Michelle (Miguel) Martinez is a man who identifies as a transgender woman. On October 19, he was convicted of sexually assaulting a 10-year-old girl inside a bathroom. Martinez, who was a family friend, invited the girl into the bathroom where he proceeded to “touch her breasts and genitalia before penetrating her.” The girl immediately told her mother, who immediately reported the assault to the Casper, WY police. When questioned, Martinez told the police the girl was “talking crap” and called the accusations “a publicity stunt.” In court, he pleaded “not guilty” to the charges.
Martinez was found guilty of first- and second-degree abuse of a minor, and may face up to 70 years in prison.
Transgender Wyoming woman convicted of sexually assaulting 10-year-old girl in bathroom — Fox News, Oct. 19, 2017
Trial begins for Casper resident charged with sexually assaulting 10-year-old girl — Billings Gazette, Oct. 16, 2017
On October 18, North Carolina Governor Roy Cooper and the ACLU announced they have reached a settlement in the lawsuit the ACLU filed on behalf of several transgender individuals challenging the state’s controversial law, H.B. 2, and subsequent law H.B. 142.
On Sunday, October 15, California Governor Jerry Brown signed SB 179, known as the Gender Recognition Act, into law. The new law creates a new “gender-neutral, non-binary” category for state-issued identification documents in addition to “male and female,” and “makes it easier for transgender, intersex, and non-binary people to get official documentation that accurately reflect their gender identity.” Non-binary is defined as “an umbrella term for people with gender identities that fall somewhere outside of the traditional conceptions of strictly either female or male.” The law also removes the requirement that an individual appear in court or obtain verification from a physician in order to petition the state for updated identifying documents. California is the second state, following Oregon, and the District of Columbia, to allow individuals to “legally recognize a nonbinary gender.”
CA Bill 179 (USA) — Gender Identity Watch
California to offer gender nonconforming option on official state documents — independent.co.uk
Calif. Gov. signs non-binary gender ID bill — Windy City Times
The U.S. Department of Justice, under the direction of Attorney General Jeff Sessions, has dispatched a federal attorney with experience litigating hate crimes to help prosecute a man charged with the murder of a high school student who identified as transgender. Although the Justice Department rarely assigns its own attorneys to serve as local prosecutors, it does so in cases in which the attorney can provide particular expertise in an area of the law the federal government considers significant. Christopher Perras, a Justice Department attorney, will serve as a county prosecutor in the case against Jorge “Lumini” Sanders-Galvez, who is charged with first-degree murder for the death of Kedarie Johnson, “a gender-fluid teen with an evolving sexuality that included interests in both men and women.” Johnson was shot to death at the age of 16 in Burlington, Iowa, in March 2016.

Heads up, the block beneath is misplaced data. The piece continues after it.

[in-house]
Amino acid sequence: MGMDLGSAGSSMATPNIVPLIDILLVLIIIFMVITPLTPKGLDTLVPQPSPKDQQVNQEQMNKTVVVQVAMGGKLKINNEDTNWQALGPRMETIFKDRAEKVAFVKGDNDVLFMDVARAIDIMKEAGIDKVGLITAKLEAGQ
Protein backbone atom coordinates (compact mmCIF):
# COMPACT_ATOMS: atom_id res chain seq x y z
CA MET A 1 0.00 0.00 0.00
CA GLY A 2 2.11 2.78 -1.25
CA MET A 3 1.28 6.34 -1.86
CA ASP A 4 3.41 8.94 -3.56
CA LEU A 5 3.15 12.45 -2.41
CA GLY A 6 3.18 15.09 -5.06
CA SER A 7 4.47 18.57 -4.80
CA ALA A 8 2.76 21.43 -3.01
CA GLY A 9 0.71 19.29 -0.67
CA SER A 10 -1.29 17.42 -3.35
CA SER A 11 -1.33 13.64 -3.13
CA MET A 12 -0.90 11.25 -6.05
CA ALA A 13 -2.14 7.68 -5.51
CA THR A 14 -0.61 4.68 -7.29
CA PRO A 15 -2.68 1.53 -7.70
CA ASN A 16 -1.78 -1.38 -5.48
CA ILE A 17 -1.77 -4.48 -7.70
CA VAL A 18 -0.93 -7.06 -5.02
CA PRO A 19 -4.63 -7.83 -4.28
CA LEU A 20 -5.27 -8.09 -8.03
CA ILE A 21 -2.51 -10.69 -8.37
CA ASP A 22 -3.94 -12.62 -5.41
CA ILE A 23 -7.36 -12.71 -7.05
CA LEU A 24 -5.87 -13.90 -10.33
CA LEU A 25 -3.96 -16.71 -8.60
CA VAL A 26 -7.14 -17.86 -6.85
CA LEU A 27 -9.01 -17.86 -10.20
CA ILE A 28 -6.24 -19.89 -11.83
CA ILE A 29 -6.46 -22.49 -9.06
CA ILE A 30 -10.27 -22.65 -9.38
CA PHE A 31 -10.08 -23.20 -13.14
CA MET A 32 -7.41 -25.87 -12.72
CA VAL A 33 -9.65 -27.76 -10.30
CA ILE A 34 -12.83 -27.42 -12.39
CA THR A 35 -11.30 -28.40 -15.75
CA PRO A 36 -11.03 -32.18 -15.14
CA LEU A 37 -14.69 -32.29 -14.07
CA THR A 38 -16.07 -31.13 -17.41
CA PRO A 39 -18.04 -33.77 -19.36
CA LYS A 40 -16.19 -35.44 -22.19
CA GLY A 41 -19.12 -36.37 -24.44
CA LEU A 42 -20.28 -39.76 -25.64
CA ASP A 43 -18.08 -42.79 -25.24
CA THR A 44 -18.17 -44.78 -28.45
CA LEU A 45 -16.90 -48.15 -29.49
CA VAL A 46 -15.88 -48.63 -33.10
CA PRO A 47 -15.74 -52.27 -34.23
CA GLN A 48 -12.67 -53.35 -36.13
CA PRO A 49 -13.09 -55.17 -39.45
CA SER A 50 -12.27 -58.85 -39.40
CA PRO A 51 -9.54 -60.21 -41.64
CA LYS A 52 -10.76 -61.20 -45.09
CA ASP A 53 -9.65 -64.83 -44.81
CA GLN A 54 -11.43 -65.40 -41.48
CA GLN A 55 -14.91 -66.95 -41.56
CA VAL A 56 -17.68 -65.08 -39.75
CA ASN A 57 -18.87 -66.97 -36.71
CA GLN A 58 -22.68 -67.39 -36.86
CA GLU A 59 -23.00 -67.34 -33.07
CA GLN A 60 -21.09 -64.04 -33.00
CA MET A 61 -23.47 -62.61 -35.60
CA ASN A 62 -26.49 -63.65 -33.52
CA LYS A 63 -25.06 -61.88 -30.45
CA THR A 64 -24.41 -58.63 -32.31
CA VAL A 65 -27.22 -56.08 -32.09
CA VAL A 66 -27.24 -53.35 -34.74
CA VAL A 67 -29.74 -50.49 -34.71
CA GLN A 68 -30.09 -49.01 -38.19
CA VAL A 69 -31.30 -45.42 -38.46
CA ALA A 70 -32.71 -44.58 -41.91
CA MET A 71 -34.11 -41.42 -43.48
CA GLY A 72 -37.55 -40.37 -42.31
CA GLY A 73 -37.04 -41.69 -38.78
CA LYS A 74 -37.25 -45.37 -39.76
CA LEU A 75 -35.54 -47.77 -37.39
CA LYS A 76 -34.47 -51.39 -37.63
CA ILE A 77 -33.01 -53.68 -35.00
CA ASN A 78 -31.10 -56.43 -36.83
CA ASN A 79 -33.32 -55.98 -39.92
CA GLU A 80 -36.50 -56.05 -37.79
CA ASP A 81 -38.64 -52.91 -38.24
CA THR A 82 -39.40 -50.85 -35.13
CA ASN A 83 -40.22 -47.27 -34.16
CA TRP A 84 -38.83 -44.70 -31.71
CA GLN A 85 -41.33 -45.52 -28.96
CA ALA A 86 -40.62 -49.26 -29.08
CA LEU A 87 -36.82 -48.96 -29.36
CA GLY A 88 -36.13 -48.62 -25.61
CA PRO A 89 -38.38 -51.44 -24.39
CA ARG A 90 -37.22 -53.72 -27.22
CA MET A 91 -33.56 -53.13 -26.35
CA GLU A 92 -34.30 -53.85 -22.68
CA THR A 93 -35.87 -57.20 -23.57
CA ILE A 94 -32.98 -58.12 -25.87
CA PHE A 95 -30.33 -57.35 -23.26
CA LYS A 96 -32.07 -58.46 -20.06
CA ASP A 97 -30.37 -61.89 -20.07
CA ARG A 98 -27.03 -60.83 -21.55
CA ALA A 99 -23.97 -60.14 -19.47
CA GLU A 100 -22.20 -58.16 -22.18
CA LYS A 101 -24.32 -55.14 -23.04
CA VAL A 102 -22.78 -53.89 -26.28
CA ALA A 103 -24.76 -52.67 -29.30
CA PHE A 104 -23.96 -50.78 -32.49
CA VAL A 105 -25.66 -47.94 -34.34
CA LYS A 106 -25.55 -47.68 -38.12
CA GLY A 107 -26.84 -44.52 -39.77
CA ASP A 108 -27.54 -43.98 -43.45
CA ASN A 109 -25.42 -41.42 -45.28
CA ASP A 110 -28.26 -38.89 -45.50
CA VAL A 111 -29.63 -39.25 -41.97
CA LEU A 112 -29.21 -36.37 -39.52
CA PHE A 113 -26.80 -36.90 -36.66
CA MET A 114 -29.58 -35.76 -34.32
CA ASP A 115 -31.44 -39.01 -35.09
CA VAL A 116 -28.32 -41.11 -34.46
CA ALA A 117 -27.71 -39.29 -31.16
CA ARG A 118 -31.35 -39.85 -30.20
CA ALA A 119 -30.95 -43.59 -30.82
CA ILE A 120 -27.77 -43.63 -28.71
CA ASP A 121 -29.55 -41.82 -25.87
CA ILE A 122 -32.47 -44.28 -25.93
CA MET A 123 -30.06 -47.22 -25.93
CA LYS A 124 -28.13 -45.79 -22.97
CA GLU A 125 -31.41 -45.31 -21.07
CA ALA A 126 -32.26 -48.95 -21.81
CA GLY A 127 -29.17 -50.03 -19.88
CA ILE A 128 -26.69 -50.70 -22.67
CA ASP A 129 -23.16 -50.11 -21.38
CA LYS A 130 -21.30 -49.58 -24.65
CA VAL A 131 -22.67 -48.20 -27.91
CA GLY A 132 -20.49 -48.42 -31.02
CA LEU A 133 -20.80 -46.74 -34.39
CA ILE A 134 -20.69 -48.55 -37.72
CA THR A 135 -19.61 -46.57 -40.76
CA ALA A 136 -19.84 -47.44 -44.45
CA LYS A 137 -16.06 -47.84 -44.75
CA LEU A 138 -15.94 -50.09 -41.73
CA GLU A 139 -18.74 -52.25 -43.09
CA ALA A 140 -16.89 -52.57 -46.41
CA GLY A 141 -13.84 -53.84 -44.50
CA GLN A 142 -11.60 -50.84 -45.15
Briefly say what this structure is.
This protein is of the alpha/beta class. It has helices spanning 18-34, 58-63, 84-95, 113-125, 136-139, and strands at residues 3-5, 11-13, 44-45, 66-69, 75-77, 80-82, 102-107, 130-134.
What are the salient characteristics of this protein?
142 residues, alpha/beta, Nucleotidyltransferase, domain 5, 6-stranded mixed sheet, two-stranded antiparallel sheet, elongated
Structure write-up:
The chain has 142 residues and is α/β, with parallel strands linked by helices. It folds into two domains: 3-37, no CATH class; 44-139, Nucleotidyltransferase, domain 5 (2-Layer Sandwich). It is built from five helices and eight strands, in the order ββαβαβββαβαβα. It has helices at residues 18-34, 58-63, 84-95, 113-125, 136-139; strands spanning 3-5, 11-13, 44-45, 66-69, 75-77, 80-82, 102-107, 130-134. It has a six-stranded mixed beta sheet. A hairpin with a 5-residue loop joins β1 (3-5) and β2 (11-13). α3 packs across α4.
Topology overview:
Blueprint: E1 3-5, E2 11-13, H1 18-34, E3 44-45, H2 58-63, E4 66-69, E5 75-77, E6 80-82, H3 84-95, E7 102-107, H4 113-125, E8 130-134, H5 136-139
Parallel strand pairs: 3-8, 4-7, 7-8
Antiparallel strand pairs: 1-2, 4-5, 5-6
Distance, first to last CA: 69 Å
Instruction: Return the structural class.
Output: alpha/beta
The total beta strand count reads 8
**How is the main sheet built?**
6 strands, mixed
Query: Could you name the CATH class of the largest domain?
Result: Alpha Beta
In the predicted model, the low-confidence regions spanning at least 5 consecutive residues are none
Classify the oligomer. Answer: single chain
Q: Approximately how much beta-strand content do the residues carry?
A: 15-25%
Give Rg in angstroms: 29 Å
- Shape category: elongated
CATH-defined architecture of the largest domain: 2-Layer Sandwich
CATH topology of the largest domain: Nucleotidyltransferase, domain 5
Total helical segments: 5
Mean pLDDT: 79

This announcement follows Sessions’ recent memo regarding the treatment of transgender claims under Title VII, dated October 4, in which he concludes, “Title VII’s prohibition on sex discrimination encompasses discrimination between men and women but does not encompass discrimination based on gender identity per se, including transgender status.”
Aiding Transgender Case, Sessions Defies His Image on Civil Rights — New York Times
Federal authorities join case of slain Burlington teen — Des Moines Register
Wolfgang Schmidt, also known as the “Beast of Beelitz” (a name he earned after he murdered five women, several of whom he sexually assaulted, and a baby in Brandenburg between 1989 and 1991) and the “Pink Giant” (due to his height and affinity for pink underwear), is a violent man who identifies as a woman.
Katharine Prescott, with a photo of her deceased child, Kyler Prescott
On September 27, a federal district court for the Southern District of California ruled that Section 1557 of the Affordable Care Act (“ACA”), which prohibits “health programs or activities receiving federal financial assistance” from “discriminating against individuals on the basis of any ground listed under four different civil rights statutes,” protects individuals who identify as transgender. Judge Moskowitz states, “[b]ecause Title VII, and by extension Title IX, recognize that discrimination on the basis of transgender identity is discrimination on the basis of sex, the Court interprets the ACA to afford the same protections.” He also notes that the Ninth Circuit, which previously distinguished between “sex” and “gender,” has followed the U.S. Supreme Court’s ruling in Price Waterhouse v. Hopkins, which “abandoned [the] distinction and held that Title VII bars discrimination based on both an individual’s sex and failure to conform to socially-constructed gender expectations.”
It is worth mentioning that this decision came several days before Attorney General Jeff Sessions rescinded the Obama administration’s guidance instructing courts to interpret “sex” to include “gender identity” under Title VII of the Civil Rights Act of 1964, the federal law that prohibits workplace discrimination on the basis of sex.
Prescott v. Rady Children’s Hospital — court order filed September 27, 2017
Federal court finds sex discrimination laws protect transgender people — metroweekly.com
Prescott v. Rady Children’s Hospital San Diego — Gender Identity Watch